Eat a banana and sit up straight – how the experts beat headaches



22:06 GMT, 24 September 2012

Taking pain-killers regularly can reduce their effectiveness

Taking pain-killers regularly can reduce their effectiveness

Pounding headache

The instinct is to pop a painkiller, particularly if you’re one of more than ten million people in Britain who have frequent headaches.

Yet last week, the watchdog National Institute for Health and Clinical Excellence (NICE) warned that taking pain-killers regularly can reduce their effectiveness and make the brain more sensitive to pain and prone to further headaches.

Those who take pills such as aspirin,
paracetamol or ibuprofen for at least ten days a month over three
months are said to be at particular risk of ‘medication over-use
headaches’, as they’re called.

NICE expressed concern that doctors are often not diagnosing the type of pain or offering the best treatment.

So, what is the most effective way to treat a headache We talked to the experts…


a tablet isn’t what people need, says consultant neurologist Dr Nick
Silver, of the NHS Walton Centre for Neuroscience and Neurosurgery in

This is because your headache is likely to be a migraine — albeit in a mild form.

Half of migraine cases are undetected, he says.

To work out if you’re a secret migraine sufferer, he suggests recording how many crystal clear, headache-free days you have each month — without any throbbing, aching, tension, fogginess or dizziness.

If you have 25 or more, painkillers should help, as you have an occasional problem.

Paracetamol and ibuprofen are effective, as is soluble aspirin, which is absorbed faster.

If you have fewer than 25, it’s more likely you’re a migraine sufferer without knowing it and need more focused treatment.

Also be aware that what you think may be a sinusitis headache could be a migraine.

Sinus problems are hugely over-diagnosed, says Dr Raju Kapoor, consultant neurologist at the National Hospital for Neurology and Neurosurgery, and the pain is often caused by migraine.

The wrong form of treatment is given, such as antibiotics or invasive surgical procedures to clear the sinuses, which will have no effect.

Frequent sufferers should keep a diary of their headaches and discuss it with their GP.


Only one in five migraine sufferers has the traditional aura symptom — temporary visual and sensory problems, such as seeing zig-zag lines, nausea and sensitivity to light and sound — which lasts for about an hour before an attack, says Dr Silver.

Clues to a person’s vulnerability to migraine include a tendency to frequent yawning, travel sickness, a hangover after just one drink and, for women, increased irritability before periods.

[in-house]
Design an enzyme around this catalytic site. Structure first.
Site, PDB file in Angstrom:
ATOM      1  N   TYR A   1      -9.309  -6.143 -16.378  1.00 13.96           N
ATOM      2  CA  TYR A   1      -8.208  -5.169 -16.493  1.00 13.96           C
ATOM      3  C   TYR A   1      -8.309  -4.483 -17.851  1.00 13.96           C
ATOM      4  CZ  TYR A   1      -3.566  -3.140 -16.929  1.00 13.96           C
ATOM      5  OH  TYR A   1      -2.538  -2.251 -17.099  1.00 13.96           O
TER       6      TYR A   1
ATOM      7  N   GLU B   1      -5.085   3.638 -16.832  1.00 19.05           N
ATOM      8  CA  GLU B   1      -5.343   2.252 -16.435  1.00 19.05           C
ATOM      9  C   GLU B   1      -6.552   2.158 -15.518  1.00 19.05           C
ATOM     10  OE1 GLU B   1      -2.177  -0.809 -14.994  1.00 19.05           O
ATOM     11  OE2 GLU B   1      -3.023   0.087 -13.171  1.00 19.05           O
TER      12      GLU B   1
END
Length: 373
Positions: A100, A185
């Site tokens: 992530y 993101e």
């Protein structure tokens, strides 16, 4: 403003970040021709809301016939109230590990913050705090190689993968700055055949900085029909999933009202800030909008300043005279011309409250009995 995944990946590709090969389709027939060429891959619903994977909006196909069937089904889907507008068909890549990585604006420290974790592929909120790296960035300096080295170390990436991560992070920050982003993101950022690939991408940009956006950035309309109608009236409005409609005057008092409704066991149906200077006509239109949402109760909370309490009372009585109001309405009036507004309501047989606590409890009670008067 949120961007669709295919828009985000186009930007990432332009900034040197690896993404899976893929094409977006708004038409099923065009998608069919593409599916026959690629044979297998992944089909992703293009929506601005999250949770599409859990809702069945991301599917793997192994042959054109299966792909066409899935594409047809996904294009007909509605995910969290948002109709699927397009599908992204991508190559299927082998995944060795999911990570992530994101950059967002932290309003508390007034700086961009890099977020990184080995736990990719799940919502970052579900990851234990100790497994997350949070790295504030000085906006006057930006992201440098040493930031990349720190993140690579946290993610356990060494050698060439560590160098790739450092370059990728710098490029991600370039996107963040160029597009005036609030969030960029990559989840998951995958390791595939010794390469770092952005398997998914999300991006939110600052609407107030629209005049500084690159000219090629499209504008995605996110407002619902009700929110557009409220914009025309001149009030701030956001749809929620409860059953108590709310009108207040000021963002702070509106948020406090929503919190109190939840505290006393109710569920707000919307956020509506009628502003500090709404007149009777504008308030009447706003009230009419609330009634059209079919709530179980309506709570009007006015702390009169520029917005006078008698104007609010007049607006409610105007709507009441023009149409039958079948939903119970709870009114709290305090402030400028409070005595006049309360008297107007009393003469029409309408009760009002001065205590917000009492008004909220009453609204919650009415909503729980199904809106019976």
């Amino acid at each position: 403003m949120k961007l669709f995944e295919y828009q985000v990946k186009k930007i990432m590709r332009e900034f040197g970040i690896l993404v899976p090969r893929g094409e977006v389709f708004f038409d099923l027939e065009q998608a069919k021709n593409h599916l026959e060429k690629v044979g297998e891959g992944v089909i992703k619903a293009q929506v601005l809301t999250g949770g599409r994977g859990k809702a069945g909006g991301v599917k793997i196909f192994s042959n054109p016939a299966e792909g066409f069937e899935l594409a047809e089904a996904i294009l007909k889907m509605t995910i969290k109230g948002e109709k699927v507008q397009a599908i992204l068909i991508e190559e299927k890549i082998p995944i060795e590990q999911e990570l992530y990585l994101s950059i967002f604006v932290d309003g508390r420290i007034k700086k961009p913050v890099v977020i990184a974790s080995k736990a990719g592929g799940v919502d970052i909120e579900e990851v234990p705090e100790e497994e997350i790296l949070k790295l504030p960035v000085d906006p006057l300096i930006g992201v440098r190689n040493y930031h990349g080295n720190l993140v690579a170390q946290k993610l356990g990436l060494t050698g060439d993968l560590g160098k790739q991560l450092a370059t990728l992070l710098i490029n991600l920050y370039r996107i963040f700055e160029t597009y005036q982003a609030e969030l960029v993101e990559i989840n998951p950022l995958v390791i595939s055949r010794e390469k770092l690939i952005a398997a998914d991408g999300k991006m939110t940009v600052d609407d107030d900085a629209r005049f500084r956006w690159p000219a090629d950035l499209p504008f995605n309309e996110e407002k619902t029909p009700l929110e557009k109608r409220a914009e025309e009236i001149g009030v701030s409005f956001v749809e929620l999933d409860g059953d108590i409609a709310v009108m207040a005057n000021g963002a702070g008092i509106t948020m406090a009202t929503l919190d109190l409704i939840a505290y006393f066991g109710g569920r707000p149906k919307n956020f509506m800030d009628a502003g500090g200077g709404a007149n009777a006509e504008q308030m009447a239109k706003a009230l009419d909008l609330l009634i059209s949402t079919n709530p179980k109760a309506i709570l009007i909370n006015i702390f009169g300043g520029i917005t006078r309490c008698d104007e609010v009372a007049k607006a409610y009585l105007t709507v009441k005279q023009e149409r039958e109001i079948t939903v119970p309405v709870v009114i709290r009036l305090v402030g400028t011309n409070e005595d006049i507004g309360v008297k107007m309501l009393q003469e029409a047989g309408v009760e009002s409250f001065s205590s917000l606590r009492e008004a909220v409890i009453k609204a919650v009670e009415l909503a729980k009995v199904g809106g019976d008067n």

Experts regard stress-related headaches (tension headaches) as simply a less florid version of migraine.

Getting a sudden headache from work deadlines, a noisy office or eating sugar is a clue, says Dr Simon Shields, a consultant neurologist at Norfolk and Norwich Hospitals NHS Trust.

If you think it’s a migraine, take a painkiller, then take preventative action against more attacks, such as tackling triggers.


A banana will stave off symptoms by keeping blood sugar levels even

A banana will stave off symptoms by keeping blood sugar levels even

Caffeine is a typical trigger, so try avoiding chocolate, cola and tea.

Dr Silver says: ‘You may get a bad head for five days due to caffeine withdrawal, but after that you will have fewer headaches.’

Another common trigger is cheese.

But sometimes a desire for chocolate or cheese may actually be a craving for sugar — which can be a sign of an impending headache, says Dr Andy Dowson, director of headache services at King’s College Hospital, London.

He suggests eating carbohydrates, such as a banana, which will stave off symptoms by keeping blood sugar levels even.

Dr Dowson points out that avoiding certain foods isn’t enough to prevent the attacks as trigger factors can build up over time and work in combination to cause a migraine.

So, a glass of wine, which can be a trigger for some, may not be a problem for you, but drinking after a stressful day or sleepless night may cause an attack.

Other preventative tactics include regular meals to maintain your blood sugar level, and drinking two to three litres of fluid a day to avoid dehydration (which makes brain tissue shrink, causing pain).

And get up at the same time every day — migraines are often triggered by disruption in routine.

Migraines used to be referred to as ‘weekend headaches’ because they often hit on weekend mornings.

Dr Dowson says: ‘Changing your sleep pattern suddenly has a dramatic effect on the hypothalamus, the area in the brain that is responsible for balancing hormones; this triggers a headache.’